These are not horses that have had their spitits broken by man and work. These are horses whose spirits and hearts have been embraced and revered by their handlers... . . and those handlers are the Mongolian horsemen who guided us safely across some of the harshest riding terrain in the world....
It is now easy to see how the Mongolian horse conquered over 20 %of the World.. ❤️
An experience so beautiful
It makes that you want to go back there every moment of the day in memories within yourself or by talking about it to others
All pieces of the puzzle fitted so nicely. Seeing the project for the children so well on the way spending a day there to play with them.
Having Julie as guide she is so full of energy so much joy as is her side kick Ryan.
The horses so strong and the evident knowledge of Bagi and his crew taking care of them riding 770 km and not one horse having a problem.
We were outstanding lucky that from day one and even before that our group of riders became friends sharing joy and pain, talking without hesitance about expierences and feelings
I definately come back to Mongolia, to Julie, to Bagi his crew his horses
A once in a lifetime experience that will be repeated
Martin Ruppert on "Rocket" racking up mileage on his record breaking 408 km ride in the Mongolian saddle.
The Poetic Look
by Logue Williams
Riding the Gobi Gallop is like winning an Academy Award. You stand at the podium with your acceptance speech all prepared. You begin with recognizing the reason you are there....the precious children of the dump. Then you move on to the amazing herdsmen and guides, the fabulous horses, the tireless Julie Veloo, your equally amazing riding companions, the crew members who met you in the Yellow Bus each evening with your tent set up, your bags ready to be grabbed, the table and chairs ready to accept your tired bodies, your plastic cup filled with delicious adult libations....then you begin to gush about the tremendous views, the sure-footedness of your steed for the day, the majesty of the hundreds of horse herds headed up by a lone stallion...you then marvel at how you cantered non-stop for 15 kilometers, your horse never missing a beat, you laugh when you think of the daily joke by the herdsmen who pretend to grunt heavily when they assist you in mounting your horse for the day....you try to end your speech....the music begins playing softly, steadily rising in volume....you manage to add a few more rambling sentences about thousands of marmot holes, volcanic rocks, steep mountain climbs, a sand storm that you took unaware, the night that you slept through an entire thunderstorm, the hot springs, the trips to the monasteries, the afternoon that you got to help herd the horses, the night of Kate Harkness's 30th birthday when 5 year old Dalma recited poetry, her head lifted in an elegant pose, and you got chill-bumps when you listened to the melodic and soulful sounds of your guides and herdsmen, who are now your friends, sing in complete harmony a song of respect for mothers. The Academy Award host attempts to wrestle the microphone from your hands...hands that held reins to nine horses nearly 800 kilometers, hands that brushed sweat from your brow, hands that pointed out marvels to your fellow riders....you could go on and on. But you stop and you bow to your audience. Leave them wanting more, you think. Leave them wanting more.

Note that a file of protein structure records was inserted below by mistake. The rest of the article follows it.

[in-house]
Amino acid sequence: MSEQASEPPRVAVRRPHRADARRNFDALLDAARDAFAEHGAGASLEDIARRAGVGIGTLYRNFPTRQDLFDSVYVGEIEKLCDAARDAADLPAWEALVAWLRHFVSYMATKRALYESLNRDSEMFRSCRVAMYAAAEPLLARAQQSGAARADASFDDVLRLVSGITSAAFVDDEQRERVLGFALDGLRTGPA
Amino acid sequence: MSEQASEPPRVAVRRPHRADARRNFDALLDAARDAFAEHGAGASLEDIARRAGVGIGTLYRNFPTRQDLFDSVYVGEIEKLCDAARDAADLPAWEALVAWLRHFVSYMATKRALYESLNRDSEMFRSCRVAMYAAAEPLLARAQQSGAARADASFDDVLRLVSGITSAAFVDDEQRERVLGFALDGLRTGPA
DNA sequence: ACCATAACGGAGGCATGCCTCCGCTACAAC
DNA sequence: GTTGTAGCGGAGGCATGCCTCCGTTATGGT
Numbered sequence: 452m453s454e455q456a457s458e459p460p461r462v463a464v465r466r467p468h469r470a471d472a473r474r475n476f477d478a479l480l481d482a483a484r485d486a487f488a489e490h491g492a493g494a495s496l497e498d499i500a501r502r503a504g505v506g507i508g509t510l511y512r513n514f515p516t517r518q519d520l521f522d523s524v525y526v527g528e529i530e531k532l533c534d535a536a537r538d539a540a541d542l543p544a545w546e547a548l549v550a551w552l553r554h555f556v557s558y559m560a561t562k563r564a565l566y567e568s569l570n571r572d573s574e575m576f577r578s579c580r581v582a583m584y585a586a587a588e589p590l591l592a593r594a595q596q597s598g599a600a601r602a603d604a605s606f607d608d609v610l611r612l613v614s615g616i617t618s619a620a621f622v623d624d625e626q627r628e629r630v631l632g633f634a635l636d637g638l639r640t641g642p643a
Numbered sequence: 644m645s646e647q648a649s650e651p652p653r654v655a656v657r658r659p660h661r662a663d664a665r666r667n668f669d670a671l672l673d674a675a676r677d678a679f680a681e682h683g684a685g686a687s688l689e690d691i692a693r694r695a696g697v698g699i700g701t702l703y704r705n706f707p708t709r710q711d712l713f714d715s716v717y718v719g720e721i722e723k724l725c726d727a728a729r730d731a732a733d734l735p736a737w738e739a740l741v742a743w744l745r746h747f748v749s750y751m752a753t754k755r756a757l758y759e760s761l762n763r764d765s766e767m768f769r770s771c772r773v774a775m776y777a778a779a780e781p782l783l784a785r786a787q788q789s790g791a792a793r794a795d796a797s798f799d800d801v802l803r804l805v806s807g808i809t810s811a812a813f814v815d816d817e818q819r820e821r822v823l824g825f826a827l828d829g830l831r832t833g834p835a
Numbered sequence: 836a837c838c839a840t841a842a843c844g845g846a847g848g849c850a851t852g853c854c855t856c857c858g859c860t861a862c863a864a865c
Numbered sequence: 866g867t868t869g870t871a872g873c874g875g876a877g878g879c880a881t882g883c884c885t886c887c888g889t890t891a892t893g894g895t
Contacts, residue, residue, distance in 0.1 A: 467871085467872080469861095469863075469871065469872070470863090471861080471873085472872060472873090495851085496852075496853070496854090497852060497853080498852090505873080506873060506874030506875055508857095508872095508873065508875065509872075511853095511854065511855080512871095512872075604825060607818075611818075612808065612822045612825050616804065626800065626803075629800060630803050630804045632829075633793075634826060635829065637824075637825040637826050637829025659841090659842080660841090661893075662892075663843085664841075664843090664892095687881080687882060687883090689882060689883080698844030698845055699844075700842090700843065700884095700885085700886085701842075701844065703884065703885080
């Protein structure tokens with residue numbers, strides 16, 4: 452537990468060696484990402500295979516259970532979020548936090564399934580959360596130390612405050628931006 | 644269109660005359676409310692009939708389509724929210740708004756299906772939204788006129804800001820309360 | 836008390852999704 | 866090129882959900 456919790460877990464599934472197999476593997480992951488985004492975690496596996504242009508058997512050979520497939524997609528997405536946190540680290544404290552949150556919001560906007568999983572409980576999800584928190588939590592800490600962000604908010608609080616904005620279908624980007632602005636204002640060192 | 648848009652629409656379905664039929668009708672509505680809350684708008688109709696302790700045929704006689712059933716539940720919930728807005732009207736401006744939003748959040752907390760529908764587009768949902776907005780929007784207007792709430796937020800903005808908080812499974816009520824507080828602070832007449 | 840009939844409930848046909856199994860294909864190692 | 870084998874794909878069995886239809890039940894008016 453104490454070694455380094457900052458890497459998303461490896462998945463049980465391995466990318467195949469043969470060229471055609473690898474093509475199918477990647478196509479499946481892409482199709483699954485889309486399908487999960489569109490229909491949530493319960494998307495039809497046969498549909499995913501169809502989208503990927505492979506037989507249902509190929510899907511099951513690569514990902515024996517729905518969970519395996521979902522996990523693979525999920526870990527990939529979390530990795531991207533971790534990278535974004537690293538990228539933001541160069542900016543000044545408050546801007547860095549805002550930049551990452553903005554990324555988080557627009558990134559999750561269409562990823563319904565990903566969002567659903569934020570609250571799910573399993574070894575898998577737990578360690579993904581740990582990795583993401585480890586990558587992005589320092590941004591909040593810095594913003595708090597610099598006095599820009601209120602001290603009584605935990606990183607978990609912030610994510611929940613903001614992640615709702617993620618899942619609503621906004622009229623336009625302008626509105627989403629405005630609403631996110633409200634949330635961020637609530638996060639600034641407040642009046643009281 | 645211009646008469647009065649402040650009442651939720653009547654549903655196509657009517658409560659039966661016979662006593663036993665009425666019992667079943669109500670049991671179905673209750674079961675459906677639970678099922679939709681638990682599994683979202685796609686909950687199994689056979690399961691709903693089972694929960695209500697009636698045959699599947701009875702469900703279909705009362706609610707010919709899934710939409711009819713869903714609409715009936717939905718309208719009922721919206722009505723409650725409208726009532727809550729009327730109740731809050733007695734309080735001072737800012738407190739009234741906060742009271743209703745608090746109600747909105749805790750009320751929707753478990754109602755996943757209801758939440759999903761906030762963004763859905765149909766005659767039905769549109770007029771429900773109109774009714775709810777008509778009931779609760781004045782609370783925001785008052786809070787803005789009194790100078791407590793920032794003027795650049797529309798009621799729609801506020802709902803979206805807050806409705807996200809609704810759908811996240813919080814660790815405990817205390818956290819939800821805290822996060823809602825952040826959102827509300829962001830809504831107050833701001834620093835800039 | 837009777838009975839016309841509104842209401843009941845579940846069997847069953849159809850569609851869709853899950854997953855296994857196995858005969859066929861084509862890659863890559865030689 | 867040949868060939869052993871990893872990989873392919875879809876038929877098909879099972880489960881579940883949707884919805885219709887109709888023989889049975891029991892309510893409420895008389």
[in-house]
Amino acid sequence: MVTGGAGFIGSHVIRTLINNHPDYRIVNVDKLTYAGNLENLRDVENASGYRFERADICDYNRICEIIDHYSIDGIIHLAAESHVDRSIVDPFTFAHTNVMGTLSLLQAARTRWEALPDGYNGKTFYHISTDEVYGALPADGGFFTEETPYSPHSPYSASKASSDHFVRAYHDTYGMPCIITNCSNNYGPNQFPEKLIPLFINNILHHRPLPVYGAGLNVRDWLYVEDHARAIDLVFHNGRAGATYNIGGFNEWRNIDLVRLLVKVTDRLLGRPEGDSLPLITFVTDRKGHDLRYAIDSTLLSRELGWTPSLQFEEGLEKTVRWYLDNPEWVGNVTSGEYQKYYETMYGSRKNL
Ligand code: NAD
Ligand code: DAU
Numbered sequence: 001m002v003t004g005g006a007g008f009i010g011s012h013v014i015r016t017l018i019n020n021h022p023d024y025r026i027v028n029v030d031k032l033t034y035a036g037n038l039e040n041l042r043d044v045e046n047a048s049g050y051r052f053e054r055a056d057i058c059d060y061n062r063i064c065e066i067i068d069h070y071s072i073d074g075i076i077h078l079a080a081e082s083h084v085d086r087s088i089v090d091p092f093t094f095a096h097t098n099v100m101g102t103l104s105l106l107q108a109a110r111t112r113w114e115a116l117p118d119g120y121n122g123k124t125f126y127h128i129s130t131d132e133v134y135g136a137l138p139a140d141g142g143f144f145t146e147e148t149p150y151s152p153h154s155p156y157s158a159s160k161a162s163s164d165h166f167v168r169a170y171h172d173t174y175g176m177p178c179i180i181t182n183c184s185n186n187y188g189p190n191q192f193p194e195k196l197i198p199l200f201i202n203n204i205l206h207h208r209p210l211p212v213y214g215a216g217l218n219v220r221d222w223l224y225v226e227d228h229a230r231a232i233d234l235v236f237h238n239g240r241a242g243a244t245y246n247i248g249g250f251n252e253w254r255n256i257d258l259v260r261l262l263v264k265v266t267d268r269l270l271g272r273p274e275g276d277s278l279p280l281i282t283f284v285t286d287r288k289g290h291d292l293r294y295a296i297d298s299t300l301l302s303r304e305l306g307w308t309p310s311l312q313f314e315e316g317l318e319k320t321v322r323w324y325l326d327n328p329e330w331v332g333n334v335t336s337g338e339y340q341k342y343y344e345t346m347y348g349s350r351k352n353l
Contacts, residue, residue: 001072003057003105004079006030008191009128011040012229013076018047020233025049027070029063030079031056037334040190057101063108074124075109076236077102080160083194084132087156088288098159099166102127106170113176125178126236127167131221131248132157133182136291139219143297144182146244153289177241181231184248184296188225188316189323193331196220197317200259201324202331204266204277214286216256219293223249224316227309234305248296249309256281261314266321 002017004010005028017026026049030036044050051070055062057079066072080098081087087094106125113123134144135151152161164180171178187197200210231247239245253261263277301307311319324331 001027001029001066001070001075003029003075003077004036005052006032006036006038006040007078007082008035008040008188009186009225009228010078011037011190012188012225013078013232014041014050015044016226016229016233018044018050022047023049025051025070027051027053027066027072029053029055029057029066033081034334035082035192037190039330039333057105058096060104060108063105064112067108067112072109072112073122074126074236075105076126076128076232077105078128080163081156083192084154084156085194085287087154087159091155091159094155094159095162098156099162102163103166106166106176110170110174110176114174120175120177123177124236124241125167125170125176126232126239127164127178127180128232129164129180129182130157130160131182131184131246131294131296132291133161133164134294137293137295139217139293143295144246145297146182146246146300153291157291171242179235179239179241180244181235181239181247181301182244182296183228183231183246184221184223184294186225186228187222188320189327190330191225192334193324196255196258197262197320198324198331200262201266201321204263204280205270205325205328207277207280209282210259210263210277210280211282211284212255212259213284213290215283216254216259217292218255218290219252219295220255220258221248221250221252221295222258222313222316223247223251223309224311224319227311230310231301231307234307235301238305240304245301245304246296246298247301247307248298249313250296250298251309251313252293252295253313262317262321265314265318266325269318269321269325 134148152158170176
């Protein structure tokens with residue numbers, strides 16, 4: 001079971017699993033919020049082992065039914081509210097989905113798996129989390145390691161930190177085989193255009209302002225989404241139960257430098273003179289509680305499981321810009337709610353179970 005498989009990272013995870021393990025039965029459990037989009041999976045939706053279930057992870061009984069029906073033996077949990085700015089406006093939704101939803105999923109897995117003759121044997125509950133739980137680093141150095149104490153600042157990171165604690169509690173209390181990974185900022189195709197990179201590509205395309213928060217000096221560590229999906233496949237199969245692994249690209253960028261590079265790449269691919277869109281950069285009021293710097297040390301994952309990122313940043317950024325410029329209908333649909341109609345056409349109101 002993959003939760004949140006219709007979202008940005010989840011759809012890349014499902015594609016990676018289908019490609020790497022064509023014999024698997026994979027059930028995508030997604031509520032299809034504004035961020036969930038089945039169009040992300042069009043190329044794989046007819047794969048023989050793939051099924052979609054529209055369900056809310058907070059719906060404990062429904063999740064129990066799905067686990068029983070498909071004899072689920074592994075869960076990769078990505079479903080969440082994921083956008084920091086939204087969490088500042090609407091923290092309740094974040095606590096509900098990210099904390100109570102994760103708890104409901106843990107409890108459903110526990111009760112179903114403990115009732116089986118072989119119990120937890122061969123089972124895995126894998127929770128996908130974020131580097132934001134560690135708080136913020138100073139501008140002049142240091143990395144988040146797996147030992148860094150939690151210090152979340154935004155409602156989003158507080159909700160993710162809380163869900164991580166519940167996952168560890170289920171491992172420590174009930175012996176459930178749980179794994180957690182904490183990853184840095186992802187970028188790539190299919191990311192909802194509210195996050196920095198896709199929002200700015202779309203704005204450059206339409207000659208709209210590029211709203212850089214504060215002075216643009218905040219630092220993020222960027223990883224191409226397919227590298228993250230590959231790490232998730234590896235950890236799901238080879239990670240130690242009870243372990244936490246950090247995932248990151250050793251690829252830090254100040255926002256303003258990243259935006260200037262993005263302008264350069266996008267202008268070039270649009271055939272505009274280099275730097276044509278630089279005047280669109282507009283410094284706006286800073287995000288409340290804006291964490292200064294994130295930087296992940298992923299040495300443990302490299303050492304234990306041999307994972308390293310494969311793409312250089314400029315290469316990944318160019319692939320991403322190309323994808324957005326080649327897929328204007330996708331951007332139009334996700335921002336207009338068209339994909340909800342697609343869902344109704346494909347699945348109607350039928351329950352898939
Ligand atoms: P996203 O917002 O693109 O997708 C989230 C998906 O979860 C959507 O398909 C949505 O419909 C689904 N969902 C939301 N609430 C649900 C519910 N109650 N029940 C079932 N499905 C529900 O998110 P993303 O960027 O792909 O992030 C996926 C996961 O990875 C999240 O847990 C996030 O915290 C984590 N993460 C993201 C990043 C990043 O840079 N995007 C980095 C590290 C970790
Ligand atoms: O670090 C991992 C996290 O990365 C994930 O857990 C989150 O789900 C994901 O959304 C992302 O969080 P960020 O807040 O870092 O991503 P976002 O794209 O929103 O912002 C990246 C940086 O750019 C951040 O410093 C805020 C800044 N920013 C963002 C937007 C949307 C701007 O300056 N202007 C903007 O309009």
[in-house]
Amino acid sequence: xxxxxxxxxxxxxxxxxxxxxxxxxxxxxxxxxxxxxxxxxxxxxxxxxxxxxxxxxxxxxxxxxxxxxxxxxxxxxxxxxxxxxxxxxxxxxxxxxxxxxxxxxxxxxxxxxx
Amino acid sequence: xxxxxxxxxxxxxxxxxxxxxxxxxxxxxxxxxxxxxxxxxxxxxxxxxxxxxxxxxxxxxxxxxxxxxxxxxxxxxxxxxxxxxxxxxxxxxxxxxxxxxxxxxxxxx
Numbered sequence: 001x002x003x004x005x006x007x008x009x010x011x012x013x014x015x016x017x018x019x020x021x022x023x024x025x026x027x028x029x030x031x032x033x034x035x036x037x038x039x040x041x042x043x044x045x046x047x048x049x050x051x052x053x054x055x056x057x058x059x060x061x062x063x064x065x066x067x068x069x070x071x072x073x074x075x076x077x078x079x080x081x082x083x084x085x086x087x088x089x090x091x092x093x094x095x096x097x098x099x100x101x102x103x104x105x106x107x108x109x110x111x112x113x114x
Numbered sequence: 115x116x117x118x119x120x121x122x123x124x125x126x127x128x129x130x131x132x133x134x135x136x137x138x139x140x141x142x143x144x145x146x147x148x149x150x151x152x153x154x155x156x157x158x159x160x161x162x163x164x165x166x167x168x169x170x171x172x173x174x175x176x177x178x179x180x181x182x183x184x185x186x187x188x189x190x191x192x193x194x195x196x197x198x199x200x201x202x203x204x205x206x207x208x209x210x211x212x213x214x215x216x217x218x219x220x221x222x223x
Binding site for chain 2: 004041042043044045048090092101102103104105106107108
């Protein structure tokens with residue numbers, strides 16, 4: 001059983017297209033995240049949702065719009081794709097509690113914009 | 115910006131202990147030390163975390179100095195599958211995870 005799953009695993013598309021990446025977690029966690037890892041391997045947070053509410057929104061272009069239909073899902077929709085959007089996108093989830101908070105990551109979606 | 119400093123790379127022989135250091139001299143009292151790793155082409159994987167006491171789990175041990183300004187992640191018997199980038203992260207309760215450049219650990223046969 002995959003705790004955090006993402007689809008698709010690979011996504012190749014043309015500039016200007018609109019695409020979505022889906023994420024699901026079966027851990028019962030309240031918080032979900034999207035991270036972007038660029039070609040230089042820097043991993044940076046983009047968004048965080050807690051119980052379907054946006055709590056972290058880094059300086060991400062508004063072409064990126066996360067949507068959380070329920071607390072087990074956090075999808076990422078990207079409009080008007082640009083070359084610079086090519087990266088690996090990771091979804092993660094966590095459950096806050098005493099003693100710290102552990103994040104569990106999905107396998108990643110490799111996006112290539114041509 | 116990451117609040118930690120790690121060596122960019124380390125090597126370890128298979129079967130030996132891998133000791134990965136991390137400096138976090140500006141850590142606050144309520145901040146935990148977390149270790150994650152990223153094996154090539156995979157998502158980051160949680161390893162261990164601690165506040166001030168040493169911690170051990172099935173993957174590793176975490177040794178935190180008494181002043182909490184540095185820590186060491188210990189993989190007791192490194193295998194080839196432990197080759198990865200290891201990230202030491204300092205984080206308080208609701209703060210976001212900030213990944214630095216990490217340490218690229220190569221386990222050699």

Logue Williams (left) - American Cowgirl extraordinaire chatting with Julie Veloo - Gobi Gallop Chief as they ride their matchy matchy horses with the matchy match Mongolian saddles! Please note - mostly people do NOT ride in Mongolian saddles..only, it seems, in this article.
Sue Smith - 67 on her way to becoming the oldest woman to finish the Gobi Gallop as she rides through a field of wildflowers
The whole crew taking on the wild!
Check out the slideshow below for more photos from GG2019!
Riding the Gobi Gallop 2017 - From Above
Thanks to Bree Von Bradsky for this amazing look at the beauty of Mongolia
and the nature of the Gobi Gallop
From the saddle.....
A true, hands-on look at what it means to ride the Gobi Gallop. Thanks to Alix Crittenden for this wonderful video.
It's about heart. And endurance. And valiant horses, wonderful Mongolian experiences, unforgettable friendships, personal challenge AND one of the most beautiful, challenging and epic horseback riding routes in the world.